Dr. Mack sighed and caught himself too late as he realized that I noticed he really wasn’t interested in hearing my musings on the wild birds in my yard. He wanted something more off-the-wall. Something extravagantly insane. Quickly he offered up some thoughts. “They’re low to the ground. Small. To them, I’m sure the pellets are quite large.” He waited for a reply.

I sat staring at him. Well, through him really. Now totally engrossed in the thoughts of my little birdies. What were they doing now? I forgot to feed them this morning. Are they hungry? Can they manage without me? Have I spoiled them by providing easy food? Are they all accounted for? How would I even know? I never bothered to count them.

“You’re grimacing,” Dr. Mack noted aloud. So I was. I did this often, apparently. Strangers in public often told me to smile. I’m always tempted to tell them to mind their own business. Maybe I just found out I had cancer. Or I just went to a funeral. Or lost my job. Don’t tell me to smile! “What were you thinking about just now?” he asked again.

“The birds in my yard,” I repeated. He did not believe me for he asked me if that was really what I was thinking about. Always trying to get into my head.

“Yes!” I insisted. Vexed. I was really thinking about my little birdies. Dozens and dozens of them. All mine. Because I feed them. They stay in MY yard. I pay for the feed with MY money. THEY ARE MINE! Period.

“What are you thinking about the birds? Are they the same birds?” He looked at me with his beady eyes.

“I don’t understand. Of course they’re the same birds. I said the birds in my yard. Like the first time. How would they be different birds?” I couldn’t help but sneer at him. Him and all his stupid questions.

Dr. Mack leaned forward like he had some big secret to share with me. He lowered his voice. “How do you know for certain that the same birds are visiting you every day?”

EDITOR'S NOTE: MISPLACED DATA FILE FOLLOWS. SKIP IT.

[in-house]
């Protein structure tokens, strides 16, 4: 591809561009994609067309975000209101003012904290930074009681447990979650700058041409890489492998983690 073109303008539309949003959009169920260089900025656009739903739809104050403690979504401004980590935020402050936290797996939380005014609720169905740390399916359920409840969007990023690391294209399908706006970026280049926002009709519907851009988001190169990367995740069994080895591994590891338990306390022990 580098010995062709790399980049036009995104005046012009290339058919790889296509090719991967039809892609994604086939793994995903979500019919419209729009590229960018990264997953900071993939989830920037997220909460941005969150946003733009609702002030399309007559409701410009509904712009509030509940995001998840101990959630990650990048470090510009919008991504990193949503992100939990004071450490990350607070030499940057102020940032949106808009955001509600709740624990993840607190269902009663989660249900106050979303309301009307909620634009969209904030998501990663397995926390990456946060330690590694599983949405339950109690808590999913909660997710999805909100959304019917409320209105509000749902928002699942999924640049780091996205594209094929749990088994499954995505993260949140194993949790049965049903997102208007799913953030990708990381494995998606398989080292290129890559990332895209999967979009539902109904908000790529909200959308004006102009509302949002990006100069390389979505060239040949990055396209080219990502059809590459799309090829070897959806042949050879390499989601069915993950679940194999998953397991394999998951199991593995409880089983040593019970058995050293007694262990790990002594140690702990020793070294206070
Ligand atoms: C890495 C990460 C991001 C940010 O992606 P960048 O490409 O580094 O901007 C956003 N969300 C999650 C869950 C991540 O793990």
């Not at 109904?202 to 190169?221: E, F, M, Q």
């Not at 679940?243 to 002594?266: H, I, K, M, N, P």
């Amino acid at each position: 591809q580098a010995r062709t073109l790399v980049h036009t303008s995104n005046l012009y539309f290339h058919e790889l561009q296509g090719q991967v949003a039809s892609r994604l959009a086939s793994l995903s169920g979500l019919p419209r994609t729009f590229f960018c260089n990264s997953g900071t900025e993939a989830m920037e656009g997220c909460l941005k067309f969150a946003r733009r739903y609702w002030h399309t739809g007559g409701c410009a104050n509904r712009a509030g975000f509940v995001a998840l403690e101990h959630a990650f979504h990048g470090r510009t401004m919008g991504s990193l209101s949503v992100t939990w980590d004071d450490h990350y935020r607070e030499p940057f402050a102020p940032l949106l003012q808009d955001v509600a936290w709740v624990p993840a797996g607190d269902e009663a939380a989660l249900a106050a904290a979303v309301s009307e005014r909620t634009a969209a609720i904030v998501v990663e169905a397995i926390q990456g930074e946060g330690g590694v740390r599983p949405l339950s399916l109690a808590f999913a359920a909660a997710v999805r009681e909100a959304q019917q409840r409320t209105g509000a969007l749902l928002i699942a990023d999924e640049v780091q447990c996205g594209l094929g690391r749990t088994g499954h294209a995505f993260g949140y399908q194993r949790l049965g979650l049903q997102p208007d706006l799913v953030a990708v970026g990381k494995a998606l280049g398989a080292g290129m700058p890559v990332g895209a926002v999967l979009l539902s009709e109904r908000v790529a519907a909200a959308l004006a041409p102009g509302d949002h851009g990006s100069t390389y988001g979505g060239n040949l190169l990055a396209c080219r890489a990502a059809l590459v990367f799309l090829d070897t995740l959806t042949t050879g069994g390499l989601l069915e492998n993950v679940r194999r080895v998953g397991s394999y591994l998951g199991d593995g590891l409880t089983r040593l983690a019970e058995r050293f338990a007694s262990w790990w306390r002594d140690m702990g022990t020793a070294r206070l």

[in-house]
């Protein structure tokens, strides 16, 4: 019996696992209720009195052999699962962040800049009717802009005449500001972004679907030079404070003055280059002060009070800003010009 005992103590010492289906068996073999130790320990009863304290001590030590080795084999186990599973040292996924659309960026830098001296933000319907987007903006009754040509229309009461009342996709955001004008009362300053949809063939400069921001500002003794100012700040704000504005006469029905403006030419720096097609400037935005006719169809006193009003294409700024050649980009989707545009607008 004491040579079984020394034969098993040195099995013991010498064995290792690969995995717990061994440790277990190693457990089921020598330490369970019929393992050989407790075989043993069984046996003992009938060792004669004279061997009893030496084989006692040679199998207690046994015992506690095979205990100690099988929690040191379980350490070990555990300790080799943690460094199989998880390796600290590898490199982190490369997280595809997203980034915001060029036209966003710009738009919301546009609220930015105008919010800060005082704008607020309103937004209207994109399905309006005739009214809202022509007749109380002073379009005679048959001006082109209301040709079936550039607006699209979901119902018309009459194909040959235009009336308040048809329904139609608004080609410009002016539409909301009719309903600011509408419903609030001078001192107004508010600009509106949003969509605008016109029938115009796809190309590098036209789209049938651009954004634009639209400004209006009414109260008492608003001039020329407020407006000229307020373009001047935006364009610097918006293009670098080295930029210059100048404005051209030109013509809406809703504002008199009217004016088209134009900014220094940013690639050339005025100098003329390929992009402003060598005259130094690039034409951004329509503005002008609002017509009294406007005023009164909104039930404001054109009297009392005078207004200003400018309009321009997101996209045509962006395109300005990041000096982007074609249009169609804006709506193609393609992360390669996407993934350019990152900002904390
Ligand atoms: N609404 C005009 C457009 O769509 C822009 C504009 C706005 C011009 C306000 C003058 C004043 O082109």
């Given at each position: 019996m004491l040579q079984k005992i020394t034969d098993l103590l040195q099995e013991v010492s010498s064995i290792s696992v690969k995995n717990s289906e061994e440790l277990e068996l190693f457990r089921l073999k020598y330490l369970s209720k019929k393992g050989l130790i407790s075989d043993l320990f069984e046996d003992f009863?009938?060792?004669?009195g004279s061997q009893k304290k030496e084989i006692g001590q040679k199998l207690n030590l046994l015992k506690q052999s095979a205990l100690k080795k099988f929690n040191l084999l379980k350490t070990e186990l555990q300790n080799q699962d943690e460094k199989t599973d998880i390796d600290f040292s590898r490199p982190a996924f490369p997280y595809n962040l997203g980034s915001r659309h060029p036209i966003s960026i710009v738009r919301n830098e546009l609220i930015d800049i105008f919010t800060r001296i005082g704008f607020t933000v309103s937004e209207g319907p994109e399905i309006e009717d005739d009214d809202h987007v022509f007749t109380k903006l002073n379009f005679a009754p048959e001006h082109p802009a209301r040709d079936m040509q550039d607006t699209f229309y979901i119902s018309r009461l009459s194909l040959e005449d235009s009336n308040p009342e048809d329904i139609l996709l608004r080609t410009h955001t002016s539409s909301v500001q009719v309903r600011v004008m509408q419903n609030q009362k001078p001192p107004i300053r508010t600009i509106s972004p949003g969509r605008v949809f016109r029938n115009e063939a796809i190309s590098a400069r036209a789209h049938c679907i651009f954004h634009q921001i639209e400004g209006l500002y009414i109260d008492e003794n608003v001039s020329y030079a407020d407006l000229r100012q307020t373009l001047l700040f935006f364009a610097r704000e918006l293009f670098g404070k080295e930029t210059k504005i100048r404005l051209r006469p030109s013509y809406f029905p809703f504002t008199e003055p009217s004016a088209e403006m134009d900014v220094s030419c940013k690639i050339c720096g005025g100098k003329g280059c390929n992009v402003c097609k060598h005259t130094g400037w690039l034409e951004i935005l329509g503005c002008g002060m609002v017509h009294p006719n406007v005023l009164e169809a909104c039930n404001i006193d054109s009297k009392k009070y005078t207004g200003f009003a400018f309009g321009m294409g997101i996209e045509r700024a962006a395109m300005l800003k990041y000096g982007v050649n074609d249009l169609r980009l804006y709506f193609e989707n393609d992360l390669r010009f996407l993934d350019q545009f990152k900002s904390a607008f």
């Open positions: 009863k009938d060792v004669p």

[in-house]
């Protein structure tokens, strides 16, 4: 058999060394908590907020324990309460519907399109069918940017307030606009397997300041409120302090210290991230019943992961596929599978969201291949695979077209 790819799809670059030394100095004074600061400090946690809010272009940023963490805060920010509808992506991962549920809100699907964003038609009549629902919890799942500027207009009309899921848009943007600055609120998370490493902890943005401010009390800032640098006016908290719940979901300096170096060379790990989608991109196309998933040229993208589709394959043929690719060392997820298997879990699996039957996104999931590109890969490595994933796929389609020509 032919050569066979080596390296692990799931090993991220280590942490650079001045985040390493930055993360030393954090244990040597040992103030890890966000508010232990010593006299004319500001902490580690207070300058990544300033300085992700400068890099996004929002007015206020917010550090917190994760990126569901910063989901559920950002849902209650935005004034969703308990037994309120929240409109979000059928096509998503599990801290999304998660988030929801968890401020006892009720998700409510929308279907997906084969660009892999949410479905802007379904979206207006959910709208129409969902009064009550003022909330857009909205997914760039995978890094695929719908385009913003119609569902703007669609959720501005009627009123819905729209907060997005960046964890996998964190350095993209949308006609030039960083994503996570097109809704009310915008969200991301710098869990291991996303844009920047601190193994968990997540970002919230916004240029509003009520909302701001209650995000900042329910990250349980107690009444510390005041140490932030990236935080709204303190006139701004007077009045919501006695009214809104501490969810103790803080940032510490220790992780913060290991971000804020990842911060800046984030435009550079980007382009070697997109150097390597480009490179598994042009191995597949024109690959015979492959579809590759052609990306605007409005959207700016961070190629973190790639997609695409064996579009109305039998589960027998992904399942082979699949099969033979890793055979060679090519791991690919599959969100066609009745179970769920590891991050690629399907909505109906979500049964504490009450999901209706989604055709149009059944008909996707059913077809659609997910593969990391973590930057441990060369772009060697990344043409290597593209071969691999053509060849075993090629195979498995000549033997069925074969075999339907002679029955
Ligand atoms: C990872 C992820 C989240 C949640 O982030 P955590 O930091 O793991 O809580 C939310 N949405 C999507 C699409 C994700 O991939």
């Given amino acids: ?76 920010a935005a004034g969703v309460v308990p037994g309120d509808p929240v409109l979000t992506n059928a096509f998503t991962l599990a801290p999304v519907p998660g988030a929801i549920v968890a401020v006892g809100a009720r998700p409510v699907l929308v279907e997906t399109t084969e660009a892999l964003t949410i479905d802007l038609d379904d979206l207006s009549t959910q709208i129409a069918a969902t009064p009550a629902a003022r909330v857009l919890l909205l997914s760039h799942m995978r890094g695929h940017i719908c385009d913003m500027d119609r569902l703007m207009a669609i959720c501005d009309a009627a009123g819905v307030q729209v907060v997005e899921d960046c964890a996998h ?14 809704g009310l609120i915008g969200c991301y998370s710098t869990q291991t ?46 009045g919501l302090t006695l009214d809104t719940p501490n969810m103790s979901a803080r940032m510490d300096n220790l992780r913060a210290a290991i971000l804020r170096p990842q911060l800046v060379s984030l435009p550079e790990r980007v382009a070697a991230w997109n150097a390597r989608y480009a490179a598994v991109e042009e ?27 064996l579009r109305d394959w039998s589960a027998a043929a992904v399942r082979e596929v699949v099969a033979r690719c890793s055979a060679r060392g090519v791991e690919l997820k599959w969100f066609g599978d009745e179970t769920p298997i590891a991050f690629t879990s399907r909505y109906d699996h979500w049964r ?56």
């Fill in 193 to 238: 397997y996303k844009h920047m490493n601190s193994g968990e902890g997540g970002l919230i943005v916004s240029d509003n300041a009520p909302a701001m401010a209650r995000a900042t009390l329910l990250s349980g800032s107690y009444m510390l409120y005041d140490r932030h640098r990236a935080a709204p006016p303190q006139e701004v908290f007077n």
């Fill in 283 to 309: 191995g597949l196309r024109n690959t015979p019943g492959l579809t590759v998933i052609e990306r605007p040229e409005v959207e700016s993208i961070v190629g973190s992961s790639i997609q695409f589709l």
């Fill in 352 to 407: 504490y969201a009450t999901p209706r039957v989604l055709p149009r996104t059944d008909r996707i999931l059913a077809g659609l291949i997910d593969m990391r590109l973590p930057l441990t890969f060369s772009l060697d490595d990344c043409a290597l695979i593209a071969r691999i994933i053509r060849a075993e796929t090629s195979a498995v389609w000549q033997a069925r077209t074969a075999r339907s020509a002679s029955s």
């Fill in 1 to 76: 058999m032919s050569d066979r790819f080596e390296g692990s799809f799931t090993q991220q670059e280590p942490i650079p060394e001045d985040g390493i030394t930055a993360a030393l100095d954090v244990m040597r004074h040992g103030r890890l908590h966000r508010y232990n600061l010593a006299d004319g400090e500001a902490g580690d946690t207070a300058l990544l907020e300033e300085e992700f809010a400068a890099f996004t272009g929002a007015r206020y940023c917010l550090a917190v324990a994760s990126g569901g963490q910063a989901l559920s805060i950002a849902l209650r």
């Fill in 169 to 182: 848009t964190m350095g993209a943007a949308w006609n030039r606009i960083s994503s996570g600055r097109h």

My mouth hung open though I had no answer to offer. I didn’t know. Not for sure anyway. I just assumed that the birds that showed up every day were the same birds. Why wouldn’t they be? I crossed my arms. Fed up. Shutting out Dr. Mack. “What are you getting at?” I mumbled and turned my head away from him.

His beady eyes were upsetting me. Almost as much as his ignorant, pointless questions. The blinds were down so I could not see the birds that were probably perched on the branches just outside the window.

“They knew.” A thought popped up in my head. Maybe they knew the birds in my yard. Or maybe these were some of the same birds. I could feel Dr. Mack staring at me. Watching me carefully as I tried so hard to look through the little slits in the blinds. Are you there, birds?

“My friends are outside,” I said nonchalantly.

Dr. Mack raised an eyebrow. Friends? Tell me about these friends of yours.” He got his pen ready.

“See them for yourself.” I got up and pulled the blinds up slowly. Dr. Mack approached the window, his heart full of excitement and curiosity. He peered down to the street below.

“Who is he?” He pointed at a lone elderly man, sitting at the bus stop.

“I don’t know,” I answered honestly. “Some old man waiting for the bus.”

Dr. Mack looked at me. Tired of games. Only I was serious.

“Are these friends of yours imaginary?”

“No. They’re right in front of you.” I pointed to the three red cardinals perched on the thick branch by the window.

© 2010, 2015 T. K. Jones